- Producers no longer cheap as 119% surge dwarfs rally in metal
- Fund managers shift bets to bullion to retain bullish holdings
The red-hot market for gold-mining companies has made the shares too expensive for some investors, even though they remain bullish on the outlook for bullion.
Earlier this year, fund managers including George Soros had gobbled up shares of producers such as Barrick Gold Corp. and Newmont Mining Corp. in a bet that the surprise rally in the price of the metal would spark a surge in profit. After a five-year slump marked by mine closures and losses, the companies were cheap. But now, many are worth twice what they were in 2015 -- after rising at almost five times the rate of the commodity -- so funds have begun unloading the equities while retaining or expanding holdings in physical gold.
The run-up has left major producers valued as if gold prices were 24 percent higher than now, Morgan Stanley estimates. UBS Group AG predicts better returns from bullion as low interest rates and sluggish global growth enhance the appeal of the metal as an asset. There are already signs of a shift by investors. While exchange-traded funds linked to precious metals saw a net inflow of $2.37 billion in the past month, the Bloomberg Intelligence Global Senior Gold Valuation Peers Index of 14 mining companies fell 5.7 percent.
“Just on a valuation aspect, it’s hard for us to get too excited about the equities at this point,” Jo Battershill, a global mining strategist at Zurich-based UBS, said by telephone from London.
In the second quarter, Jon Jacobson’s Highfields Capital Management sold half its 2.5 million shares in Goldcorp Inc., while Global Thematic Partners shed all 1.95 million shares in Greenwood Village, Colorado-based Newmont, filings show. Adage Capital Partners sold more than half of its stake in Yamana Gold Inc. and 31 percent of Toronto-based Barrick, the largest gold miner.
Those sales don’t necessarily signal a bearish view on gold. With the Federal Reserve keeping U.S. interest rates unchanged since December and other central banks boosting stimulus to support growth, the metal had its best first half in four decades, rising 25 percent. Yields on about $9 trillion in government debt in developed markets have dropped below zero, meaning those who buy the debt and hold to maturity stand to lose money. According to UBS, bullion could rally to $1,500 an ounce next year from about $1,340 now.
Even after shares of major producers started falling this month, the Bloomberg index of major gold-mining stocks is up 119 percent this year. In the second quarter, investors valued the gold reserves of those companies at $182 an ounce, almost double the amount in the fourth quarter of 2015 and the highest since 2012, a year after the precious metal climbed to a record, data compiled by Bloomberg Intelligence show.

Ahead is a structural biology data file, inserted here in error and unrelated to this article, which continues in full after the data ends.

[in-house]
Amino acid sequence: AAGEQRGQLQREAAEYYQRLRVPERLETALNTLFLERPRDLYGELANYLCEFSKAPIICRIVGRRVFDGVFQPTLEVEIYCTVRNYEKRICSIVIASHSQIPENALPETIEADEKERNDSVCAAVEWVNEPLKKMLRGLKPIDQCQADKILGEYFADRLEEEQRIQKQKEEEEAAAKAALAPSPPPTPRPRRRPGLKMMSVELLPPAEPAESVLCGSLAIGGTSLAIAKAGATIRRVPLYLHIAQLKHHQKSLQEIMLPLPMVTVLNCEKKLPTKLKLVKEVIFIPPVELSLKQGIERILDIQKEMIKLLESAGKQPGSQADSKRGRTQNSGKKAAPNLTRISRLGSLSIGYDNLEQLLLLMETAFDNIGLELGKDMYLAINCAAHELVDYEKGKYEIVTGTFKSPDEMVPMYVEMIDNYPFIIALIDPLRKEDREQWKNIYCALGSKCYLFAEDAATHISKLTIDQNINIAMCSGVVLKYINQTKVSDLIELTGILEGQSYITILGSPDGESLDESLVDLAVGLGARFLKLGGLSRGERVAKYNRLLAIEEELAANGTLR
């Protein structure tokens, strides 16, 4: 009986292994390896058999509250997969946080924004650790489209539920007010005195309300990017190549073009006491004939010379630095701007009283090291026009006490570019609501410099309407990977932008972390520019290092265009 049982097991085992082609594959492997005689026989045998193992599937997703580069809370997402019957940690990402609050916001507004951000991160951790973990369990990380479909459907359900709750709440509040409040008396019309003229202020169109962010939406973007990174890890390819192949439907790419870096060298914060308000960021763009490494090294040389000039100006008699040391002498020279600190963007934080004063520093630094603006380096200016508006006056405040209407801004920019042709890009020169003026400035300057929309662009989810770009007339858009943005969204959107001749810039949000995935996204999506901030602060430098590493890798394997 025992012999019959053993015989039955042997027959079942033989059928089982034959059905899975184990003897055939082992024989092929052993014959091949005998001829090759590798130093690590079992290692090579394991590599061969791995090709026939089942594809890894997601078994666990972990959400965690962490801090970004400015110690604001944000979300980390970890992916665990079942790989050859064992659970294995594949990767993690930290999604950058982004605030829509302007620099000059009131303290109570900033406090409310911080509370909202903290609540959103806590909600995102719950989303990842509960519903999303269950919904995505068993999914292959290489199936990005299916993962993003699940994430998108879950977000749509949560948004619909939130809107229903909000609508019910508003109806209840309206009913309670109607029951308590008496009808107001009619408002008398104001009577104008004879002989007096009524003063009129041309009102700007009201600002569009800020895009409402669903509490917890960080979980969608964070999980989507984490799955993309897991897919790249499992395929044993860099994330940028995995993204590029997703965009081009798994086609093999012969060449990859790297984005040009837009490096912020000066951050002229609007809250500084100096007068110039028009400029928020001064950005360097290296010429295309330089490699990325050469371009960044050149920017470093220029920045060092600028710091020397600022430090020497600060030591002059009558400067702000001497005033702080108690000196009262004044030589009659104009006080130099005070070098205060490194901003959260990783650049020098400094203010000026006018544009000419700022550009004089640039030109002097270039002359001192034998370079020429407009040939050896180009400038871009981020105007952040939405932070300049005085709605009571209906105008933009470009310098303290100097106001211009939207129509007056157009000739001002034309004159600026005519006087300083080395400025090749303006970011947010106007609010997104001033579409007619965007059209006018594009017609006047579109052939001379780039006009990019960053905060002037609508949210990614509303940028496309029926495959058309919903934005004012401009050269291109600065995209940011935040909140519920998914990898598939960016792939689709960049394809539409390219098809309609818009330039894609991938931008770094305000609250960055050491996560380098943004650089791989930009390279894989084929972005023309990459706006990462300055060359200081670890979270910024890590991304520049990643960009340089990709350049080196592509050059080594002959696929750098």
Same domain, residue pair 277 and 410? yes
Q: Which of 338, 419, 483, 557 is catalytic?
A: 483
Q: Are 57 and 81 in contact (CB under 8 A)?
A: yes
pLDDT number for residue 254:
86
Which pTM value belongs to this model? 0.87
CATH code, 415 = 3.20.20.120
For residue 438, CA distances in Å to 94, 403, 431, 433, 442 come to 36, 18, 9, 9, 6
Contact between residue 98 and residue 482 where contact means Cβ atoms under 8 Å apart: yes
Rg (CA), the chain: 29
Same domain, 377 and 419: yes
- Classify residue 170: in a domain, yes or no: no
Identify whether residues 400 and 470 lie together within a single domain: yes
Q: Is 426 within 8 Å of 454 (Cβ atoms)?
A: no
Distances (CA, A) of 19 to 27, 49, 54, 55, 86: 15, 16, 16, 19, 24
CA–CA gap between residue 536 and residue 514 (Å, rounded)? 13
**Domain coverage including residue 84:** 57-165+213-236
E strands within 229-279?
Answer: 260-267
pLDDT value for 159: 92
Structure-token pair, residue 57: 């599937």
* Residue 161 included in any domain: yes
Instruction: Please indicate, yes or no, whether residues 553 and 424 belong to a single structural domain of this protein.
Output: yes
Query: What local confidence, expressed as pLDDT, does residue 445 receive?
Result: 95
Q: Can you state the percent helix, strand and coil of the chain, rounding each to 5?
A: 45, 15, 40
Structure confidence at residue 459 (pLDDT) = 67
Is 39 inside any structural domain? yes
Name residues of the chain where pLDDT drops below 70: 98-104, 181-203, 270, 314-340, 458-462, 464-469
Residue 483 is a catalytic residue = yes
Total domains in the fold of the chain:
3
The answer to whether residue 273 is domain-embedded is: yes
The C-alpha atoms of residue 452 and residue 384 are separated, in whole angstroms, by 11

One of the starkest examples of diverging sentiment between gold and the companies that produce was the second-quarter shift by Soros Fund Management. According to a government filing, the money manager sold almost all its stake in Barrick and bought 240,000 shares in SPDR Gold Shares, the largest exchange-traded fund backed by the metal.
Even some investors who take their trading cues from market-reading computer algorithms were exiting gold producers as the shares rallied in the quarter. Renaissance Technologies, a $32 billion New York hedge fund founded by Jim Simons, sold almost all its holdings in Goldcorp and Yamana and more than a third of its stake in Barrick during the three months ended June 30, filings show.
There are still some betting that the rally in gold-mining shares isn’t over. Arrowstreet Capital Ltd. bought 14.2 million shares of Barrick, 13.4 million shares in Goldcorp and 14.8 million shares in Yamana in the second quarter, regulatory filing shows.
While some high-profile funds cut gold-mining stocks during the second quarter, overall inflows continued, albeit at a slower pace. Funds added 28 million shares to their Barrick holdings in the second quarter, according to 4,202 filings compiled by Bloomberg as of Aug. 26. That’s down from 58 million three months earlier, based on data from 4,237 filings.
Interest in the precious metal continues to grow, with funds adding 43 million shares in the SPDR Gold ETF during the second quarter, after a 46 million-share gain in the first quarter.
“If they think gold prices are going up, then gold-mining companies should be able to deliver that operating leverage moving forward,” said Dan Denbow, a portfolio manager at the $870 million USAA Precious Metals & Minerals Fund in San Antonio. “If the Fed starts raising rates and gold prices pull back, then the more levered names who have been the big out-performers will probably come down the most, too.”
With the exception of a few laggards, including Goldcorp, many of the major gold producers already are trading above the price targets set by Morgan Stanley.
“The stocks have run really fast, really far and are pricing in more upside in gold at this point,” said Evan Kurtz, the New York-based bank’s analyst for North American metals and mining. “I don’t think it’s a great risk-reward anymore.”